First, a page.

Trump has now authorized the complete and total declassification of all documents and testimony pertaining to Russian collusion as well as the Hillary Clinton email probe.
‘I have fully authorized the total Declassification of any & all documents,’ Trump tweeted.
President Trump on Tuesday said he has “fully authorized the total Declassification of any & all documents” related to the Russia investigation and the FBI’s investigation into former Secretary of State Hillary Clinton’s use of a private email server.
“I have fully authorized the total Declassification of any & all documents pertaining to the single greatest political CRIME in American History, the Russia Hoax. Likewise, the Hillary Clinton Email Scandal. No redactions!” The president tweeted Tuesday night.
“All Russia Hoax Scandal information was Declassified by me long ago,” Trump tweeted. “Unfortunately for our Country, people have acted very slowly, especially since it is perhaps the biggest political crime in the history of our Country.”
He added: “Act!!!”
Last year, the president gave Attorney General Bill Barr authority to declassify any documents related to surveillance of the Trump campaign in 2016. Trump, at the time, also ordered members of the intelligence community to cooperate with Barr’s probe.
Allies of the president, including Republicans on Capitol Hill leading their own investigations into the origins of the Trump-Russia probe, have criticized officials like FBI Director Christopher Wray and CIA Director Gina Haspel, claiming that the directors have been blocking the release of documents.
The President’s tweets come after Director of National Intelligence John Ratcliffe declassified documents that revealed former CIA Director John Brennan briefed former President Obama on Hillary Clinton’s purported “plan” to tie then-candidate Donald Trump to Russia as “a means of distracting the public from her use of a private email server” ahead of the 2016 presidential election.
Fox News first reported that Ratcliffe declassified Brennan’s handwritten notes – which were taken after he briefed Obama on the intelligence the CIA received – and a CIA memo, which revealed that officials referred the matter to the FBI for potential investigative action.
“Today, at the direction of President Trump, I declassified additional documents relevant to ongoing Congressional oversight and investigative activities,” Ratcliffe said in a statement to Fox News Tuesday.
A source familiar with the documents explained that Brennan’s handwritten notes were taken after briefing Obama on the matter.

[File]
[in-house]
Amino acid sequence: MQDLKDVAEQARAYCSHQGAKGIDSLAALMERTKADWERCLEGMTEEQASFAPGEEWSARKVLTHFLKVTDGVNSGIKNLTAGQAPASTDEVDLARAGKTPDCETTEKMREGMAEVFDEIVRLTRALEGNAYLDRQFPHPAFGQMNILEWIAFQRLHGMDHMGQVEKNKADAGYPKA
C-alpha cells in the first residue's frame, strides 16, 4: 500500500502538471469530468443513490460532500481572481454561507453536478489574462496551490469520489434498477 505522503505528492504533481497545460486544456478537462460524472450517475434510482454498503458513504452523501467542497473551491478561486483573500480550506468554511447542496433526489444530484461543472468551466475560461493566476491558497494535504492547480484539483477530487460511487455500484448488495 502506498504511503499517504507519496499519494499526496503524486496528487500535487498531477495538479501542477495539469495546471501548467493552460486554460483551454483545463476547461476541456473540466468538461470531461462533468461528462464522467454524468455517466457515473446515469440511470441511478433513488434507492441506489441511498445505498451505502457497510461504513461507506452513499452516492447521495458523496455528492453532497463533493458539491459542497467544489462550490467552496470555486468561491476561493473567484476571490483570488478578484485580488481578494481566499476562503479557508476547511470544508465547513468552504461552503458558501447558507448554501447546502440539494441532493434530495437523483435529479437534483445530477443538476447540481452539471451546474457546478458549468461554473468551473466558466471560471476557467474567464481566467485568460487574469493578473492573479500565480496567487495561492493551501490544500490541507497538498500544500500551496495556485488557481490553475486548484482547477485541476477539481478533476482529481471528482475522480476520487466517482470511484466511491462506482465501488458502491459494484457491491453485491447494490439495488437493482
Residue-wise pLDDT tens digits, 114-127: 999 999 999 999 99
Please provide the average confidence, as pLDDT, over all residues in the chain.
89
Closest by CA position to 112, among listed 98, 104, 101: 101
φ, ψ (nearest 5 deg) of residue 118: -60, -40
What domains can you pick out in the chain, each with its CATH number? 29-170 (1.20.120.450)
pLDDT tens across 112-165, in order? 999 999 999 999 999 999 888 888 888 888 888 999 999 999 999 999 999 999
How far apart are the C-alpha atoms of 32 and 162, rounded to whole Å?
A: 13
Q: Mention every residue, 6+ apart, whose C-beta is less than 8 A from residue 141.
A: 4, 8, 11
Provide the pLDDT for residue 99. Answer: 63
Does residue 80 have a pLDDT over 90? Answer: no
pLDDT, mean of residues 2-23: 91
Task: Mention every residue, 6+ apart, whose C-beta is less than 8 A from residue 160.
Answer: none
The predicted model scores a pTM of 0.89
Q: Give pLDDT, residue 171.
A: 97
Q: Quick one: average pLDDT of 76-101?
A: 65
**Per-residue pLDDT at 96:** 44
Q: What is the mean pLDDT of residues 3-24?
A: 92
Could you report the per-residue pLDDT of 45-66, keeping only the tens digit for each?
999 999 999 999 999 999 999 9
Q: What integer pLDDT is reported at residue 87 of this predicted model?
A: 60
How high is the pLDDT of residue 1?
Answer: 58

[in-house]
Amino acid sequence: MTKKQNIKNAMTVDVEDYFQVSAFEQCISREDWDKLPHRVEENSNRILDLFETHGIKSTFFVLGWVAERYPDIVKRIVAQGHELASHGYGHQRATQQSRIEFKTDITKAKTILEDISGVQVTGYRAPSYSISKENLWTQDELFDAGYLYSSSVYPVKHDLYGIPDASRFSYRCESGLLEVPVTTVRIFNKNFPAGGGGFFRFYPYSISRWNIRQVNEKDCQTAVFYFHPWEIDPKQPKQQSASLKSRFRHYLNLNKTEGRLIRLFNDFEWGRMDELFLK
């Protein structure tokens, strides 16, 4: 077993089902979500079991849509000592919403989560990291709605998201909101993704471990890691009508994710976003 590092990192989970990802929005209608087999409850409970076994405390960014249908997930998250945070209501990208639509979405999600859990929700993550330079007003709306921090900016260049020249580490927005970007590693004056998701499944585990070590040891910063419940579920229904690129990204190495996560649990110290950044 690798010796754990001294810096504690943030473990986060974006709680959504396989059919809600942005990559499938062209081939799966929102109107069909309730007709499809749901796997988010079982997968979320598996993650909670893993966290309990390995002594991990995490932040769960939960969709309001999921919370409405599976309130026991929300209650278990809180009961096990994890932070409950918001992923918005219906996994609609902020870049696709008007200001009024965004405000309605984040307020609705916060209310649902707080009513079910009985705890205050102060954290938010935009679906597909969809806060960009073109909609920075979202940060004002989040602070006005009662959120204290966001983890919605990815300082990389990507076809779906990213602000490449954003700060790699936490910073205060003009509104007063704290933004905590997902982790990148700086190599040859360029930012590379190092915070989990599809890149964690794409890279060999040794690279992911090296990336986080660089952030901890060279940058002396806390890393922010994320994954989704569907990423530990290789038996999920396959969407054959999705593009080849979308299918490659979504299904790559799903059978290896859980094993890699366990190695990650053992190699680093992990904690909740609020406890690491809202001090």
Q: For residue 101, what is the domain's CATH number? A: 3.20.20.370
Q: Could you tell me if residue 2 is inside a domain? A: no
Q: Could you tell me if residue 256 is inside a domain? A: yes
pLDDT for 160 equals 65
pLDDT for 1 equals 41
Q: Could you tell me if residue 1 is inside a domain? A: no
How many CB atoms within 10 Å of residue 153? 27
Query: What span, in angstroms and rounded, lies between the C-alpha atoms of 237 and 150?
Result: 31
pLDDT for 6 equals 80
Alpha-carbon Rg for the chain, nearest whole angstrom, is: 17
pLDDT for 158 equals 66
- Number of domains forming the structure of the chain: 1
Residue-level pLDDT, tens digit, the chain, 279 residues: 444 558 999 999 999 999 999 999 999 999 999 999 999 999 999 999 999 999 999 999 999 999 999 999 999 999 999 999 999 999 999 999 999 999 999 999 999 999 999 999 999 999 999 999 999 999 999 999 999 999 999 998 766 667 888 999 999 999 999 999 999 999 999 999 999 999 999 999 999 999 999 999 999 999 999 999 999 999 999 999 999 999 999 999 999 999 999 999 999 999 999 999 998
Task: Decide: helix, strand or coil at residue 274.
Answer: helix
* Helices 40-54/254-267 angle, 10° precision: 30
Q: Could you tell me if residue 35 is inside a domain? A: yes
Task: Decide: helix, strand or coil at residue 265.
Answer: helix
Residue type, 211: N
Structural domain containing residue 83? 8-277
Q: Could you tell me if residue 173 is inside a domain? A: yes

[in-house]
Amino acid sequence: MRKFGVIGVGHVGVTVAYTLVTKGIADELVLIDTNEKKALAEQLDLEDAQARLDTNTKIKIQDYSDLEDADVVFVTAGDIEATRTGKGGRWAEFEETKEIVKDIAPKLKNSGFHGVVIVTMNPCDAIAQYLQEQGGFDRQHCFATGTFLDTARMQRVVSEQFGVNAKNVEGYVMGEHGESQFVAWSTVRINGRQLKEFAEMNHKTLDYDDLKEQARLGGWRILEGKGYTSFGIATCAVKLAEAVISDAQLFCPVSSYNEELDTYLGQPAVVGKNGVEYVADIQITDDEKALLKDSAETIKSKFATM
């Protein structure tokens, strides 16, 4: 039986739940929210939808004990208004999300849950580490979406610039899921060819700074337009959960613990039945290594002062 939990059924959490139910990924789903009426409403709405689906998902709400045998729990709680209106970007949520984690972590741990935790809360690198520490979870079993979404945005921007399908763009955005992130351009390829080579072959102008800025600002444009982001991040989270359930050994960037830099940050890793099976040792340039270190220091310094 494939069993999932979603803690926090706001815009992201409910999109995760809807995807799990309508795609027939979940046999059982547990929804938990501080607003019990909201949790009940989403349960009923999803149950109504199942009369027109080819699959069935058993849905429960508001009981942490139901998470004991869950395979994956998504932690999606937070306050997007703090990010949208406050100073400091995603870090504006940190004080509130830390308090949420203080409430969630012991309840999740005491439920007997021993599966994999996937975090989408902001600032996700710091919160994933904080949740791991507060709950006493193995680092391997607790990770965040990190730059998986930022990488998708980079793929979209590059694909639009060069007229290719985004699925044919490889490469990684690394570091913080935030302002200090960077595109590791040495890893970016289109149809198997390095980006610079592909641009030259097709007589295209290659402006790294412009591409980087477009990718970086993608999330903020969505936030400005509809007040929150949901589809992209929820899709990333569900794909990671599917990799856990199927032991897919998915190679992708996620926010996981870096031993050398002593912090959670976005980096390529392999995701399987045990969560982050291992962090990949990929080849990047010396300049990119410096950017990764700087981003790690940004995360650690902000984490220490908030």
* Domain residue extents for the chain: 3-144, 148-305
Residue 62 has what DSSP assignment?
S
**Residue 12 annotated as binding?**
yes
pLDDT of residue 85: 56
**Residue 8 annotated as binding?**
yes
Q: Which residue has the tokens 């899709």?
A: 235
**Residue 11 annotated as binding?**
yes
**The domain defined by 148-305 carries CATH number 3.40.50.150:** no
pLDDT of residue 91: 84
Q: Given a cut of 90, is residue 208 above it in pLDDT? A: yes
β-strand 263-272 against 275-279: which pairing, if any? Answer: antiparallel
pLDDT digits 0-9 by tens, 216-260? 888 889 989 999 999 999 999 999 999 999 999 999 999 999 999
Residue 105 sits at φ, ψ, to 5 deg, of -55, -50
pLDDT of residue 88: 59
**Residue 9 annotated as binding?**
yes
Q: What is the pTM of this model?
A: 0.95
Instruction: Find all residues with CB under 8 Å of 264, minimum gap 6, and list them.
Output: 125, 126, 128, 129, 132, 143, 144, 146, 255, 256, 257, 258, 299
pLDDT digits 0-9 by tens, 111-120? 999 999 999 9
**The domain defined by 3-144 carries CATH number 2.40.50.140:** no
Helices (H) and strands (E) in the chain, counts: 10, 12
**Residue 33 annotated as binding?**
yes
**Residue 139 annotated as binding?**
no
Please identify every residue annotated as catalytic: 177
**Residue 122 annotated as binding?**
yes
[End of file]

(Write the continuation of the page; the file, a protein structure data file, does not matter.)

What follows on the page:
“We’re getting additional insight into Russian activities from [REDACTED],” Brennan notes read. “CITE [summarizing] alleged approved by Hillary Clinton a proposal from one of her foreign policy advisers to vilify Donald Trump by stirring up a scandal claiming interference by the Russian security service,” Brennan’s notes read.
The notes state “on 28 of July.” In the margin, Brennan writes “POTUS,” but that section of the notes is redacted.
“Any evidence of collaboration between Trump campaign + Russia,” the notes read.
The remainder of the notes are redacted, except in the margins, which reads: “JC,” “Denis,” and “Susan.”
The notes don’t spell out the full names but “JC” are likely referring to then-FBI Director James Comey, “Susan” likely refers to National Security Adviser Susan Rice, and “Denis” likely refers to then-Obama chief of staff Denis McDonough.
The declassification comes after Ratcliffe, last week, shared newly-declassified information with the Senate Judiciary Committee which revealed that in September 2016, U.S. intelligence officials forwarded an investigative referral on Hillary Clinton purportedly approving “a plan concerning U.S. presidential candidate Donald Trump and Russian hackers hampering U.S. elections” in order to distract the public from her email scandal.
That referral was sent to Comey and then-Deputy Assistant Director of Counterintelligence Peter Strzok.
“The following information is provided for the exclusive use of your bureau for background investigative action or lead purposes as appropriate,” the CIA memo to Comey and Strzok stated.
“This memorandum contains sensitive information that could be source revealing. It should be handled with particular attention to compartmentation and need-to-know. To avoid the possible compromise of the source, any investigative action taken in response to the information below should be coordinated in advance with Chief Counterintelligence Mission Center, Legal,” the memo, which was sent to Comey and Strzok, read. “It may not be used in any legal proceeding—including FISA applications—without prior approval…”
“Per FBI verbal request, CIA provides the below examples of information the CROSSFIRE HURRICANE fusion cell has gleaned to date,” the memo continued. ““An exchange [REDACTED] discussing US presidential candidate Hillary Clinton’s approval of a plan concerning US presidential candidate Donald Trump and Russian hackers hampering US elections as a means of distracting the public from her use of a private email server.”